UPDATE: Feb. 25 at 9:30a.m. | The Indonesian woman who is one of the suspects in the killing of North Korean ruler Kim Jong Un’s half brother said she was paid $90 for what she believed was a prank, an Indonesian official said Saturday.
Malaysia plans to sweep one of the terminals at Kuala Lumpur international airport for toxic chemicals after Kim Jong Nam was murdered there with a nerve agent last week, the Malaysian police said in a statement on Saturday, according to the Associated Press.
A second suspect from Vietnam said she was also made to think she was playing a prank.
UPDATE: Feb. 23 at 8:49p.m. | The chemical substance used to kill Kim Jong Nam was a VX nerve agent, according to a preliminary report by the Chemistry Department of Malaysia.
Nerve agents are highly poisonous chemicals that prevent the nervous system from working properly, according to the Centers for Disease Control and Prevention. VX, the agency added, is considered the most toxic and rapidly acting of the known chemical warfare agents.
The case surrounding the death of Kim Jong Nam, the half-brother of North Korean dictator Kim Jong-Un, went through yet another twist on Wednesday.
A break-in at a Malaysian morgue targeted Kim Jong Nam's body, The Guardian reports. Investigators identified the people involved in the break-in, but said there was "no need for me to tell" the press.
WATCH | Here's a refresher on the death at the heart of this story. Kim Jong Nam died last week. He suffered a seizure after complaining a woman sprayed chemicals in his face.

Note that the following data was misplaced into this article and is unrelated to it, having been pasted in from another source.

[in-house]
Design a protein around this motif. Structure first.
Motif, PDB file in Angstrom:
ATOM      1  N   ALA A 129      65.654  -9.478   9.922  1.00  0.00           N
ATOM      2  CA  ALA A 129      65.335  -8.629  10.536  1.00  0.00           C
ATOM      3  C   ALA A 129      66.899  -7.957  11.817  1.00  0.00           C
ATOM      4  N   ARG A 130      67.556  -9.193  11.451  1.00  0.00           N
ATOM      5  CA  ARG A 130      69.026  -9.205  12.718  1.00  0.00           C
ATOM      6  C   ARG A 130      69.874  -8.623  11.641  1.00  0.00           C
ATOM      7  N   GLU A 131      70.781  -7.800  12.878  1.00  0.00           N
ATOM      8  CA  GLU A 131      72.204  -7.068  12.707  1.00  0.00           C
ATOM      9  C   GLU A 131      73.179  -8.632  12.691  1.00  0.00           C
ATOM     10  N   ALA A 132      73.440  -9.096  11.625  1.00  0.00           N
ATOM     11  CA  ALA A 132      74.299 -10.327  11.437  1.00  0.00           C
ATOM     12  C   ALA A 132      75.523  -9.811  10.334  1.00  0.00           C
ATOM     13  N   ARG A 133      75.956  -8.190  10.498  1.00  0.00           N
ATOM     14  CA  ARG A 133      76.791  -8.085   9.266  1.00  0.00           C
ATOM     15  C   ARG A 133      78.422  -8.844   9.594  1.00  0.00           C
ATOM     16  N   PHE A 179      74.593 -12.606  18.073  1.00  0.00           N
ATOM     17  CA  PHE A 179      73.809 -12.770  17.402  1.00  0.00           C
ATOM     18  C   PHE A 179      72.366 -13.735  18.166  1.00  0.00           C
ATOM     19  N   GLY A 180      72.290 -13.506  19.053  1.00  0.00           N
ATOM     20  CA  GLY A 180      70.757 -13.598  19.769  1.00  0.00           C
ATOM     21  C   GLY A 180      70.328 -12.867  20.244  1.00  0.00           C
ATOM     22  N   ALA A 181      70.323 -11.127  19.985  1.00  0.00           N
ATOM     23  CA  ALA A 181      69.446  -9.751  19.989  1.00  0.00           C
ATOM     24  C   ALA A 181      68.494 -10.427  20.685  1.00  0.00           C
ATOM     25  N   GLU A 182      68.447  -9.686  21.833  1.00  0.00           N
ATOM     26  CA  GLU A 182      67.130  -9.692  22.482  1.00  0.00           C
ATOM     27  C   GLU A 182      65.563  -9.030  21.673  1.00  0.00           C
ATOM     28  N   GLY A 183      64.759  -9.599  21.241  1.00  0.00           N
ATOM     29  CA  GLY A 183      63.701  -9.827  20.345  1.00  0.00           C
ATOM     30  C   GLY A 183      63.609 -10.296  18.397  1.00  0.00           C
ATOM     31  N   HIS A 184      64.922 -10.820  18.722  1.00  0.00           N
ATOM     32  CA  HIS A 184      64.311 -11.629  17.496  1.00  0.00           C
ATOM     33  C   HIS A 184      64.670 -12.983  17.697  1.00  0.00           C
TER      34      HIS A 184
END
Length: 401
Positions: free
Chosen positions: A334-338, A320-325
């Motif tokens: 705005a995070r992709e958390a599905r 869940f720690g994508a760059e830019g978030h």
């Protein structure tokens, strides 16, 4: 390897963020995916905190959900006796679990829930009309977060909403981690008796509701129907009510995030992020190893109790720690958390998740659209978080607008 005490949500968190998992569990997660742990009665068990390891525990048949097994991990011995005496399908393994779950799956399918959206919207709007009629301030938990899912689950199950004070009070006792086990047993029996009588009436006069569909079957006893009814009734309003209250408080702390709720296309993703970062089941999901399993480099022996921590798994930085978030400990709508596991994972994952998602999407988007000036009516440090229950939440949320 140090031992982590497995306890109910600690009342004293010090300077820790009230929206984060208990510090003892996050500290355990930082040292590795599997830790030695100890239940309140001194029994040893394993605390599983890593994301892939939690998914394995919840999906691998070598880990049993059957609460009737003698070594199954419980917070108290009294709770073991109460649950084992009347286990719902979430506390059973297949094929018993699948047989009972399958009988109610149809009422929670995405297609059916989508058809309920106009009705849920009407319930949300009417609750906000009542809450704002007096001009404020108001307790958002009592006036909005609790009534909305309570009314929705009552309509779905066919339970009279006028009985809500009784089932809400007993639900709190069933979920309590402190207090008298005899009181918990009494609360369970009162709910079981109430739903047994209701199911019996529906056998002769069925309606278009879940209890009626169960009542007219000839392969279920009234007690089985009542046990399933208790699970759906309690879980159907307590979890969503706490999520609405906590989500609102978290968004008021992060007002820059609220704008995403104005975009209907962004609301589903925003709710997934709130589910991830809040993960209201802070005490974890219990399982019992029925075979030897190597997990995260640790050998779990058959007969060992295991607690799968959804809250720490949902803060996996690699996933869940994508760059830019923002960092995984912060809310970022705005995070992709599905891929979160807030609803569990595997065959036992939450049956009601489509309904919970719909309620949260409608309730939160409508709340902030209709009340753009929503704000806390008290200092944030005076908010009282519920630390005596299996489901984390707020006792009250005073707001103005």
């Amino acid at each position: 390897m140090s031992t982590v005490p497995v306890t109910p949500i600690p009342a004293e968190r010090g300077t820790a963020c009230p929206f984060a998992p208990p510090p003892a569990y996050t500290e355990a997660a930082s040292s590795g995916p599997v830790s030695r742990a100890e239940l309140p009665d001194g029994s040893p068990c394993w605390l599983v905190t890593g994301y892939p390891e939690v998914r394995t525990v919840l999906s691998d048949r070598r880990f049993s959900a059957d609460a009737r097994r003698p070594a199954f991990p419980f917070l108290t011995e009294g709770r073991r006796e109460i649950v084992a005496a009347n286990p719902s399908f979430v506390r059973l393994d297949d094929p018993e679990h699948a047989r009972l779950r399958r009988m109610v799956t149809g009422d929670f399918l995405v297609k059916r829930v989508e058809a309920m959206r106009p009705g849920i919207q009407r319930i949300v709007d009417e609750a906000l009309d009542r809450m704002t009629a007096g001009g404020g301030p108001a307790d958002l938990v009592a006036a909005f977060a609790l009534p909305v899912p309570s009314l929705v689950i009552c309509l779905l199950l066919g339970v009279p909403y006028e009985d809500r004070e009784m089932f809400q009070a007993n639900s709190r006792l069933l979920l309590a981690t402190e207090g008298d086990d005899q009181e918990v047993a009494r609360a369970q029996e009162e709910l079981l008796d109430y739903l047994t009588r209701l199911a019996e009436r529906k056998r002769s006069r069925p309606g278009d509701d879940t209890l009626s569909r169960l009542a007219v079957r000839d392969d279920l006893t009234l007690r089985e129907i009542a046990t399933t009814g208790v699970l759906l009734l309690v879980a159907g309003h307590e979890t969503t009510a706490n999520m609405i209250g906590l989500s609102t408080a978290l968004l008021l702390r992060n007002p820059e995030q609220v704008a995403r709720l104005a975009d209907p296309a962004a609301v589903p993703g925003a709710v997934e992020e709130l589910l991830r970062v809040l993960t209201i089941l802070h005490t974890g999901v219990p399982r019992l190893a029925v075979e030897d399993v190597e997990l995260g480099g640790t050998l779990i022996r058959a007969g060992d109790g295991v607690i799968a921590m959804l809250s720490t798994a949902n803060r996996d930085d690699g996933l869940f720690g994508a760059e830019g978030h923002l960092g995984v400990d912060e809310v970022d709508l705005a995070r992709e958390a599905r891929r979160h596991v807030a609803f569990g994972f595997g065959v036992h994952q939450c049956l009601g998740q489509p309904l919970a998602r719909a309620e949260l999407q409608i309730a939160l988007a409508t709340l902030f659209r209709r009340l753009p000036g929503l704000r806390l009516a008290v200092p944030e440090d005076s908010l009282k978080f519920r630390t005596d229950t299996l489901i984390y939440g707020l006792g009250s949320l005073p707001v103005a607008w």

An Indonesian woman detained after the attack said she was tricked into playing a role in his death, saying she was part of a TV prank. So far, she and three other people have been detained: a Vietnamese woman, a Malaysian man and a North Korean man.
Two North Korean officials are also being sought: Hyon Kwang Song, who worked at the North Korean embassy in Malaysia, and Kim Uk Il, who worked for state airline Air Koryo.
This video may show the moment of the attack on Kim Jong Nam.
WATCH | Malaysian police chief Khalid Abu Bakar refuted the woman's claim, saying the attackers were "trained."
The statement by the ambassador was totally uncalled for. It is considered diplomatically rude on his part.
But the North Korean embassy has challenged the Malaysian account, saying the attackers could not have used poison, as they did not die. It also said Malaysia's demands for DNA to confirm the victim's identity demeaned national sovereignty, CNN reports. Malaysia recalled its ambassador to North Korea on Monday.
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